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# Nondeterministic Decision Tree Complexity

In the presentation of the most general results of this thesis we refer frequently to deterministic and nondeterministic decision tree complexity, deterministic decision trees were discussed in Section 3.1. Readers familiar with these topics can proceed directly to Section 4.3.

Let f be an N-bit Boolean function. We will use the following definitions of László Lovász and Péter Gács [13].

For every input x let D(f, x) denote the minimum number of bits of x we could be told to convince us that f (x) takes on a particular value. For example: D(OR , 0N) = N. If we are told fewer than N bits of an input are all 0 we can not determine the value of OR for that input. For any other input x 0N, D(OR, x) = 1, because we only need to be told that one bit of the input is a 1. We are not concerned with how many oracle queries we have to make in the worst case to determine f (x), but rather how many bits we could be told in the best case to be sure of the value f takes on x.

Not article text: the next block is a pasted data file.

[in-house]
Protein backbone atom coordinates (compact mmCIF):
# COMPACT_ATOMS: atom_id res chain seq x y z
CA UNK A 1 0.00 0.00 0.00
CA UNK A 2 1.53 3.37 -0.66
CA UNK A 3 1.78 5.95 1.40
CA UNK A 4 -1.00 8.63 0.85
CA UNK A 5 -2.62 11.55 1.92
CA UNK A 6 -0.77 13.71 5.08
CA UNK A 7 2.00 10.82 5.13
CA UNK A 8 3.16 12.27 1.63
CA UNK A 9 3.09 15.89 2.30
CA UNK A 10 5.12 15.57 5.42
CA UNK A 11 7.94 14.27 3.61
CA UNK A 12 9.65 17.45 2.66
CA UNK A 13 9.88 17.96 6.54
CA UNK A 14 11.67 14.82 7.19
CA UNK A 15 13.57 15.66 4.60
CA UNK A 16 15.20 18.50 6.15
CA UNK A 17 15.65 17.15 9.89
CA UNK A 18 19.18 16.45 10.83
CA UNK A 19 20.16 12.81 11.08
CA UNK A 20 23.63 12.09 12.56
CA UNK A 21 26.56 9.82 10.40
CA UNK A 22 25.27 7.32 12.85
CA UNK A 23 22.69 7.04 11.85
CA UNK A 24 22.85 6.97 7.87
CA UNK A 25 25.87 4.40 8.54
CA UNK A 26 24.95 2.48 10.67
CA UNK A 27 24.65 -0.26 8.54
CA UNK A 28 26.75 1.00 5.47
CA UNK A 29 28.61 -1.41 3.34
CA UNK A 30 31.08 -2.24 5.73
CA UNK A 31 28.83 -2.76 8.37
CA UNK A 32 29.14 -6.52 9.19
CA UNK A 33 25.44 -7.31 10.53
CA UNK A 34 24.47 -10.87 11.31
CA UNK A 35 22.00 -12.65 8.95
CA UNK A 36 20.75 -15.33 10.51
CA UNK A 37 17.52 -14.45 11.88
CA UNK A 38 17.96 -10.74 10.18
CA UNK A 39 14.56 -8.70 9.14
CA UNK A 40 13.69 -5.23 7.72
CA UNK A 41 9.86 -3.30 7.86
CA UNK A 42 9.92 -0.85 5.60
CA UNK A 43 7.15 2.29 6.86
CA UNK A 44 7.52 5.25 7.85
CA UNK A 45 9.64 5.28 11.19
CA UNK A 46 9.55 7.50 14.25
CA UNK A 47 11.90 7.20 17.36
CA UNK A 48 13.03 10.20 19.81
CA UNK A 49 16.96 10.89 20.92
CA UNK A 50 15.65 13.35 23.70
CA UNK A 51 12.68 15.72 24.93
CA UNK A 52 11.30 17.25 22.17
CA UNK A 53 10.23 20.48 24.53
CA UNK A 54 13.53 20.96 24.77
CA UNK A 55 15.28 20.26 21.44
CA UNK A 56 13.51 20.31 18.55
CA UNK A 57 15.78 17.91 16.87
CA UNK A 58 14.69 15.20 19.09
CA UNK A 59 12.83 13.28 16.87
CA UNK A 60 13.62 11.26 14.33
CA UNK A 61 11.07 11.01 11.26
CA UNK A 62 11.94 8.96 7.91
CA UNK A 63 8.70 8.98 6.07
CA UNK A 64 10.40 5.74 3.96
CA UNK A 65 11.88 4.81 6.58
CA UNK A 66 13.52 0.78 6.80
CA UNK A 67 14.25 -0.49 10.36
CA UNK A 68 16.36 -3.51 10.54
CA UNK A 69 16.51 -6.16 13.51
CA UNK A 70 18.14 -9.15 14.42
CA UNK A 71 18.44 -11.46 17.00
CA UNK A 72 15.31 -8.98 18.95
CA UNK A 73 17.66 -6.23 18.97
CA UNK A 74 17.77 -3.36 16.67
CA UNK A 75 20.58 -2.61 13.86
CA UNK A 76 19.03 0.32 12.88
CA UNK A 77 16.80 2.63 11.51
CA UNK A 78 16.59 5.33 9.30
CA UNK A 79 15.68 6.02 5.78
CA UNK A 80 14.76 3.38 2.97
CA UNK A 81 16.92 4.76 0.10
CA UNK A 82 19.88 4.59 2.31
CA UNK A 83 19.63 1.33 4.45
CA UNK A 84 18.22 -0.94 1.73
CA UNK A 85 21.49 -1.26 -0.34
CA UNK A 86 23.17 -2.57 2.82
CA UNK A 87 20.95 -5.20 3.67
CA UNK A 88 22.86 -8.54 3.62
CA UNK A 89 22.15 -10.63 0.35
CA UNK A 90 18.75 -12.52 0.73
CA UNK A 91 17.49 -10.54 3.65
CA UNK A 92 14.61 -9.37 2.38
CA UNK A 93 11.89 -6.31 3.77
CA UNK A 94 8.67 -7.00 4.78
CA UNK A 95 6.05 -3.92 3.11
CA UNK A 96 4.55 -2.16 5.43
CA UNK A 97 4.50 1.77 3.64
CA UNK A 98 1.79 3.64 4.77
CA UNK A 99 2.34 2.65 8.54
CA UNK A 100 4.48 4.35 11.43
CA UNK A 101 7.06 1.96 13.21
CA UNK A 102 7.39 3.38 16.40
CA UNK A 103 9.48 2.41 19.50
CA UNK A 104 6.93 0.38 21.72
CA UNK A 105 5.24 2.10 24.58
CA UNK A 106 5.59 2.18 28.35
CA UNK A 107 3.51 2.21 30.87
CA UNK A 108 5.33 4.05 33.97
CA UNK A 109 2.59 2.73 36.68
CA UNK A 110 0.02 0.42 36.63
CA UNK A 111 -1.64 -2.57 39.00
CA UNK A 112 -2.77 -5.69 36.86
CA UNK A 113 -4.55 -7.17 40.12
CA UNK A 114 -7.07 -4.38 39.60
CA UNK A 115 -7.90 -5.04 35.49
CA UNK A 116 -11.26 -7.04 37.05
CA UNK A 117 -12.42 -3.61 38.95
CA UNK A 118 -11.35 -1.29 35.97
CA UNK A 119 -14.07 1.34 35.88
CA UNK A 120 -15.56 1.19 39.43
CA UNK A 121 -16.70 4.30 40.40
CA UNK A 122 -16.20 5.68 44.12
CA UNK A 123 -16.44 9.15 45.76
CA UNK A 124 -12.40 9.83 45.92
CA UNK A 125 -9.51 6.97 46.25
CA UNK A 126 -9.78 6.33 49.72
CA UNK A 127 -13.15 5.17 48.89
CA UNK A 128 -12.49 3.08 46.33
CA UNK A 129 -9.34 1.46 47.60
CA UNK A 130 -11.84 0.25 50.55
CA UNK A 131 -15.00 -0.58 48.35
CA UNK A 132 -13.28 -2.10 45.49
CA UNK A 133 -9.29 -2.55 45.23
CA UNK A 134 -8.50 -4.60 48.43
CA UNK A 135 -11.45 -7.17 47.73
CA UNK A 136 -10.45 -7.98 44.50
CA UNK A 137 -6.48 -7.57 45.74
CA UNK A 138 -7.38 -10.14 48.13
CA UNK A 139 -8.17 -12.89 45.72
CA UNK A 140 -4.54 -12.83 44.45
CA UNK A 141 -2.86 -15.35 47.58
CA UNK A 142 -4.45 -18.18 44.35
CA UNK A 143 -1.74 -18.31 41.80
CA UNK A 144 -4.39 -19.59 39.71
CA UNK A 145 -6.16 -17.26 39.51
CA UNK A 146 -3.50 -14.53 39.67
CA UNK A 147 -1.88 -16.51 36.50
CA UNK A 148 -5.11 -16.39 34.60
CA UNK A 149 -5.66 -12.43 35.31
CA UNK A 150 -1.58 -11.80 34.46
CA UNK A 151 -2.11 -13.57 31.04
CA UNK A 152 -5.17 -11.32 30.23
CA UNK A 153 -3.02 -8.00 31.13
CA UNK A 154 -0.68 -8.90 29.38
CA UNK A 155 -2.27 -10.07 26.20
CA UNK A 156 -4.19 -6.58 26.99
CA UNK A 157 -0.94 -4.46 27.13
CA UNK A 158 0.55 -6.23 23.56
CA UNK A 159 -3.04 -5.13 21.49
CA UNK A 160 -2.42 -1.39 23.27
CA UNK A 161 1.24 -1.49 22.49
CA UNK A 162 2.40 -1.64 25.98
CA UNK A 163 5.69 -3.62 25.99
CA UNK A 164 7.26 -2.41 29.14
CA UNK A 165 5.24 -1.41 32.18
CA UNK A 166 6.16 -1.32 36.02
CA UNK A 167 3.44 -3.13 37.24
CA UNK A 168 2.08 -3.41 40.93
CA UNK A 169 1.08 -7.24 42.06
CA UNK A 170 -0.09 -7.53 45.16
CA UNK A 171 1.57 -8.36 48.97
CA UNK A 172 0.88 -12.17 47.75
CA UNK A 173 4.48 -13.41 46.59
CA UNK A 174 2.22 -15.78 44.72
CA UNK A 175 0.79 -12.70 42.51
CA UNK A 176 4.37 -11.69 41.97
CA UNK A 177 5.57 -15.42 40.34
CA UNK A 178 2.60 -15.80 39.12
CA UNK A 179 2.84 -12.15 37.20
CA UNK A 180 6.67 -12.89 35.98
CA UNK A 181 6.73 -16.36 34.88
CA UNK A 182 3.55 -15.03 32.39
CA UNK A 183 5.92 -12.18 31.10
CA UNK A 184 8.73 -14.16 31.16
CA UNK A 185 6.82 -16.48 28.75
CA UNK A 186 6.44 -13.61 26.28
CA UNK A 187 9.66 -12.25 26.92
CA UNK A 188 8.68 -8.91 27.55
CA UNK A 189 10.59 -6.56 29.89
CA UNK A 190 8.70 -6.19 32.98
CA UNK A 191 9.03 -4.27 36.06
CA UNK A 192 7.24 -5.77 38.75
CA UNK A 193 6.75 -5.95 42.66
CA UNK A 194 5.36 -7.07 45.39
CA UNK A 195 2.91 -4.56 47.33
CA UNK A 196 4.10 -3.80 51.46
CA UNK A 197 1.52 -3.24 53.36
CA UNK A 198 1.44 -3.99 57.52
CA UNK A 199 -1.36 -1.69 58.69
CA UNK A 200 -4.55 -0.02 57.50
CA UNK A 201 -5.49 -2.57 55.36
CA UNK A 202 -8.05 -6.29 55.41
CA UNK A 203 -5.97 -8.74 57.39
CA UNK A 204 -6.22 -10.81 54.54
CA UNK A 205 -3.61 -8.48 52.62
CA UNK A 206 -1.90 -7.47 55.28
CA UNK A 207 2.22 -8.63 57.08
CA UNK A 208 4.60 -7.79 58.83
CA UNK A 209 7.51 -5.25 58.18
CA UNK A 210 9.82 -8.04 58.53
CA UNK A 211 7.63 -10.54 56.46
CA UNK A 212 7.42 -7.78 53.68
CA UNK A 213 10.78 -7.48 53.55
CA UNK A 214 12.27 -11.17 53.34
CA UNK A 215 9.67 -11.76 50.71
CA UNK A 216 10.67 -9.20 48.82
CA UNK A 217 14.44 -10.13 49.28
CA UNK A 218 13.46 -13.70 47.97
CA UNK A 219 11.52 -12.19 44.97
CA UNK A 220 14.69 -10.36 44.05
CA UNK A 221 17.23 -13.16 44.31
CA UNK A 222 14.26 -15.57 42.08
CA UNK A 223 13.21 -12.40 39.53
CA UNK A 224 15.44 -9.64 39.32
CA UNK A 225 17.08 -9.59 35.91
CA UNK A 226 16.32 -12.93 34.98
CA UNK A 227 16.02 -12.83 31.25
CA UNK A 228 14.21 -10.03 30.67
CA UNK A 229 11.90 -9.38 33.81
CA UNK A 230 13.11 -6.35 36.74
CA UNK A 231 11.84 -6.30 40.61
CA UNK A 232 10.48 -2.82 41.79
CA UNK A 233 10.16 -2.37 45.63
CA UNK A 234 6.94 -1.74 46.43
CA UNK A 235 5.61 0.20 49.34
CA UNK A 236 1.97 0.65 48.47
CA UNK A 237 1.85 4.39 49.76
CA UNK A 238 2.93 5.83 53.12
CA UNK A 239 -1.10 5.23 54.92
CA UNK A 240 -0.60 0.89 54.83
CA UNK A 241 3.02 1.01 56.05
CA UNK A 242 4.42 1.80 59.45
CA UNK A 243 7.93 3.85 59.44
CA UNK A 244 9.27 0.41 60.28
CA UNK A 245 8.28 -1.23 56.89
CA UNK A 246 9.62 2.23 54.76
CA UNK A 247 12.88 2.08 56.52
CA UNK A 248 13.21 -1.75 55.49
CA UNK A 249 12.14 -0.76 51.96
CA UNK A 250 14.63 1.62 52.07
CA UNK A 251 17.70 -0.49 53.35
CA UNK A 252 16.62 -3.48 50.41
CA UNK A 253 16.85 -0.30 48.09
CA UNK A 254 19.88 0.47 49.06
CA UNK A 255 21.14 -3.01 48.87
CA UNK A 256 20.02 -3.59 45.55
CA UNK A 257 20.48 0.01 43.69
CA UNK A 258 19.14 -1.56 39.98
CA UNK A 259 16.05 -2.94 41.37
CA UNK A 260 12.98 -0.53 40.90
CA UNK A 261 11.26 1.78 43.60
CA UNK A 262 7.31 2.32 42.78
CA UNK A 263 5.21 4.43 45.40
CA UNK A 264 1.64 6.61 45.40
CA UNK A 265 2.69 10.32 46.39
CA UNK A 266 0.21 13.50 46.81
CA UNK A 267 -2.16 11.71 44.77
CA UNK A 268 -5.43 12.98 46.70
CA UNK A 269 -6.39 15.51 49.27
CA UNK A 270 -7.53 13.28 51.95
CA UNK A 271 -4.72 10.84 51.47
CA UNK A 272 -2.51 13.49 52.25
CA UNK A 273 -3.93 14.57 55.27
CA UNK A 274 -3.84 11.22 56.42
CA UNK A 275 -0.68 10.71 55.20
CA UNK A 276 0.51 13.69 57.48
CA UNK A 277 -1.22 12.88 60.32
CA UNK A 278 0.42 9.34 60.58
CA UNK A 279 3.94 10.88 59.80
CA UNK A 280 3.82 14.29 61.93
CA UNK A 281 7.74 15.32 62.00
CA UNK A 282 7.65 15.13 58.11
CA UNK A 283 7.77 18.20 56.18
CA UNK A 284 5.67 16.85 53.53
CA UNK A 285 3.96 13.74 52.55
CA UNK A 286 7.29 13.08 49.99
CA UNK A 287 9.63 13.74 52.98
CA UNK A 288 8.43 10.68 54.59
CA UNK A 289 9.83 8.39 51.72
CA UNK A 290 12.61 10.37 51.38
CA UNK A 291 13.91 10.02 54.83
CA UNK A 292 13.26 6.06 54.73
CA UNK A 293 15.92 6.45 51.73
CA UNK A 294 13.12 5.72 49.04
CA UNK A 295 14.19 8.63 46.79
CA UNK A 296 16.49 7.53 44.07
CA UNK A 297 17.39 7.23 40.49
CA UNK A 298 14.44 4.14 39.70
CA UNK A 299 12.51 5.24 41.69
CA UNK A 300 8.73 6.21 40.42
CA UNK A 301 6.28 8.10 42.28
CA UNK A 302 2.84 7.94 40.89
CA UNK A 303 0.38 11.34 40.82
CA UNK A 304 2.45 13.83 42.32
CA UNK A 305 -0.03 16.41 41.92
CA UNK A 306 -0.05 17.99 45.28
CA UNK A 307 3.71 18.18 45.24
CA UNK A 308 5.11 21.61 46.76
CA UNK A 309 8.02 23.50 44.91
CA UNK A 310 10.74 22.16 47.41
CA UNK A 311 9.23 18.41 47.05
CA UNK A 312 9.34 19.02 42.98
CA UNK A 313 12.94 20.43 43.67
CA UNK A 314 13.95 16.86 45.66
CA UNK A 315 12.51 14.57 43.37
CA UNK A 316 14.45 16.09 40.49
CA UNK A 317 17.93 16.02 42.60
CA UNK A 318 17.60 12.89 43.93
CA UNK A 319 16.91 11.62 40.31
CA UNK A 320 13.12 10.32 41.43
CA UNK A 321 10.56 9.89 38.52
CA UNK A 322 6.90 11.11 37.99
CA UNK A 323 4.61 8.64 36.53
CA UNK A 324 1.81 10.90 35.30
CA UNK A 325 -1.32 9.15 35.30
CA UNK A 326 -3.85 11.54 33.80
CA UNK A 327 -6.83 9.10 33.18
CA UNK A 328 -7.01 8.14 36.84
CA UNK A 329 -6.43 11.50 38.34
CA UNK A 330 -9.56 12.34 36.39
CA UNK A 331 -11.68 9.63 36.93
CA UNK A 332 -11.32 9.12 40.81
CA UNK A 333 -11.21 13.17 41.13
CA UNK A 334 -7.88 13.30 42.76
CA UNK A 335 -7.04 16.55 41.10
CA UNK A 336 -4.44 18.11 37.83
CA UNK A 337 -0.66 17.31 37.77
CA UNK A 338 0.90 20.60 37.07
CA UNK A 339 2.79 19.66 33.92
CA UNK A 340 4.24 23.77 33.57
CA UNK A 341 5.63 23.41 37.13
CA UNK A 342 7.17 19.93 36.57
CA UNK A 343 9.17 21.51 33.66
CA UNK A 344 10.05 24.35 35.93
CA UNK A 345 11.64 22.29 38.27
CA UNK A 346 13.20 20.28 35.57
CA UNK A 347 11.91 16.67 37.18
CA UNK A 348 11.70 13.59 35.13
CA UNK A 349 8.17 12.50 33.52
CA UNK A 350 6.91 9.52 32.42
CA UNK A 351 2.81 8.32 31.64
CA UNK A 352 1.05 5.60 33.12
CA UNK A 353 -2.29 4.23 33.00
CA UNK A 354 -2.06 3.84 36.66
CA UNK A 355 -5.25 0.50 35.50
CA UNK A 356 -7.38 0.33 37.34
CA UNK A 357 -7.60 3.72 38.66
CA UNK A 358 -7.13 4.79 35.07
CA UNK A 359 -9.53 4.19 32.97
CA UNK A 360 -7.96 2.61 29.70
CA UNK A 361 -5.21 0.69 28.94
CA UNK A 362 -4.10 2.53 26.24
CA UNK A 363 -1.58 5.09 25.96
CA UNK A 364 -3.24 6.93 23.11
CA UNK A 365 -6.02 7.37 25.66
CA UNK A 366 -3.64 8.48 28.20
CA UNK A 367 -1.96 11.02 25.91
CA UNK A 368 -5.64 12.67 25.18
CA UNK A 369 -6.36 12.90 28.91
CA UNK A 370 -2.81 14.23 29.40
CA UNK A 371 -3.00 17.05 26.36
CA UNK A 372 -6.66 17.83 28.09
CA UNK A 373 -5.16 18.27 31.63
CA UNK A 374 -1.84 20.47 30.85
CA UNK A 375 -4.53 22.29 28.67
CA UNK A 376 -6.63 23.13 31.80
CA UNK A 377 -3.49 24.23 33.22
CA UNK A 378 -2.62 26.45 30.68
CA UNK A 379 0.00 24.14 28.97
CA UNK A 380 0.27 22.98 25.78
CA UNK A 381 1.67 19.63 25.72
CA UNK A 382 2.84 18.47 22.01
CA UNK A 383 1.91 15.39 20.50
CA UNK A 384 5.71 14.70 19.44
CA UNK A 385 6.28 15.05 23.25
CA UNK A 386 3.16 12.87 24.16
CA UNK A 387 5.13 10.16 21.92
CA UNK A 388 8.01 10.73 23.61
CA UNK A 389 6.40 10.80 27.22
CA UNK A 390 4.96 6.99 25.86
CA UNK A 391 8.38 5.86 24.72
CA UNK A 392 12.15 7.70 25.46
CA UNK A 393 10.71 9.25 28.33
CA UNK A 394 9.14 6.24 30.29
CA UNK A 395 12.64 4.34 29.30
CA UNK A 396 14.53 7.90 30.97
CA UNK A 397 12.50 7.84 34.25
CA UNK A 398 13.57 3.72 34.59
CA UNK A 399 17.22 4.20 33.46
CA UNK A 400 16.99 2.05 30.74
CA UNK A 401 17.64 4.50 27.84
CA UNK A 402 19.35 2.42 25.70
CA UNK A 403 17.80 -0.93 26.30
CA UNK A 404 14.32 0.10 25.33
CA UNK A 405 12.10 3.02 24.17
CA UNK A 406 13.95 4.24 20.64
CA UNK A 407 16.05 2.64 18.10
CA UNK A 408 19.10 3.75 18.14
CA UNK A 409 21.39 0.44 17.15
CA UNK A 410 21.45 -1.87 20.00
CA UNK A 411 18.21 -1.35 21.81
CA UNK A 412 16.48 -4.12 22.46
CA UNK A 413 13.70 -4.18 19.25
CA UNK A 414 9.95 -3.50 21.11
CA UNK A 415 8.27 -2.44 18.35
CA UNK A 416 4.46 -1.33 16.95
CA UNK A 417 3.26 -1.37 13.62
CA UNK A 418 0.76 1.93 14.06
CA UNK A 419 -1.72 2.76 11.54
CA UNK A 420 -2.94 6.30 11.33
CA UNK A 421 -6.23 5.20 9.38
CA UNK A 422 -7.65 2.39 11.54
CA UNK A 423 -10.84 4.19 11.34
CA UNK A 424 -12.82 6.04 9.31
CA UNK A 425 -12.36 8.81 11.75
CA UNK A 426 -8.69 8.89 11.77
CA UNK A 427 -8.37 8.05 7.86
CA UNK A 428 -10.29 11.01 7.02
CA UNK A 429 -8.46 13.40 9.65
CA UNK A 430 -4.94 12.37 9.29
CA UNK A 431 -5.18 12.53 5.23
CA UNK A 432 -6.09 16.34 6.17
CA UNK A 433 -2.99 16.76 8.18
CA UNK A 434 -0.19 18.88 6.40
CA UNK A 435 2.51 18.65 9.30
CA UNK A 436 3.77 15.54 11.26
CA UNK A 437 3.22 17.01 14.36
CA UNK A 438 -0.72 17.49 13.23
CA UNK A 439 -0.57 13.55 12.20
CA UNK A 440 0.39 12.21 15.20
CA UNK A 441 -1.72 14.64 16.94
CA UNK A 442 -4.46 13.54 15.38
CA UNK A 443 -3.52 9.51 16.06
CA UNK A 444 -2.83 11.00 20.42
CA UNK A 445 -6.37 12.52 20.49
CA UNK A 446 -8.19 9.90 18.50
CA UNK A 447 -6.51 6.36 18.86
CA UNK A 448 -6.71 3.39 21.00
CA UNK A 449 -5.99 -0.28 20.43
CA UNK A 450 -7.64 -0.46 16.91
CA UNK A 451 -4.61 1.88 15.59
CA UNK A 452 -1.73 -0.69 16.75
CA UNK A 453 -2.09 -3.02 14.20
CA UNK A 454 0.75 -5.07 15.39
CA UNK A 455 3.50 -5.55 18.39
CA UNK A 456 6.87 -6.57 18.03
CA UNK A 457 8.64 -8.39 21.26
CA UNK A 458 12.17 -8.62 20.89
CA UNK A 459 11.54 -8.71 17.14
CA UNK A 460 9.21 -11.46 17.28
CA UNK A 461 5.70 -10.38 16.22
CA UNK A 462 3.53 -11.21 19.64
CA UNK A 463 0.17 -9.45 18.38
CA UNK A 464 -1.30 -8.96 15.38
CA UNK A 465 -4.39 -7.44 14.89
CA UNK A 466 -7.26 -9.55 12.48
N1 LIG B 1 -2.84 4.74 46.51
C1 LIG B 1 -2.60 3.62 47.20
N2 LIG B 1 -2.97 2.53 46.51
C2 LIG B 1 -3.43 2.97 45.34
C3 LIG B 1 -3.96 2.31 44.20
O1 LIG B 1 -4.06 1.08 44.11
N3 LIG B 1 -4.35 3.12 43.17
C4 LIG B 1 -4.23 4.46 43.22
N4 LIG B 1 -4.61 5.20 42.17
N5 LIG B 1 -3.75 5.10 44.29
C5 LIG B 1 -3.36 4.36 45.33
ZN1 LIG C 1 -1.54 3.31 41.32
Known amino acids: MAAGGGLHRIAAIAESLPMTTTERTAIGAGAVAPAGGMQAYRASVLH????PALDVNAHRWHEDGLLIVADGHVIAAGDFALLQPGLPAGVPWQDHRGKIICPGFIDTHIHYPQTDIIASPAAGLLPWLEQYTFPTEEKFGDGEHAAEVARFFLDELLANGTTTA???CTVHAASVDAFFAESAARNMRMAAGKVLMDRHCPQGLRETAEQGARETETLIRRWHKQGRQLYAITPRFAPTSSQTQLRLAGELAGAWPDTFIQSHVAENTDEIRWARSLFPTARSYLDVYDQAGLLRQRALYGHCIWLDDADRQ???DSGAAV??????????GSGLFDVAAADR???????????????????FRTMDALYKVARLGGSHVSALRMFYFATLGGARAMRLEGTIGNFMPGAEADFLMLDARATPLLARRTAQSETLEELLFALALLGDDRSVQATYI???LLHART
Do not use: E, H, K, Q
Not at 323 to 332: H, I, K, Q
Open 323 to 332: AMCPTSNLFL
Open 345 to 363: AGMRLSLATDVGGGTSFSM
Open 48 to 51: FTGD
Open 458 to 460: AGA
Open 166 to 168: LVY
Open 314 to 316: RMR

Definition 4.2.1   D0(f )= max{D(f, x)| f (x) = 0}. D0(f ) is the nondeterministic decision tree complexity of verifying that an input takes on 0 when evaluated by f.

Definition 4.2.2   D1(f )= max{D(f, x)| f (x) = 1}. D1(f ) is the nondeterministic decision tree complexity of verifying that an input takes on 1 when evaluated by f.

Definition 4.2.3   N(f )= max{D0(f ), D1(f )} = {D(f, x)}. The nondeterministic decision tree complexity of computing an N-bit Boolean function f is the maximum of the nondeterministic decision tree complexities of verifying any input of f takes on one of {0, 1}.

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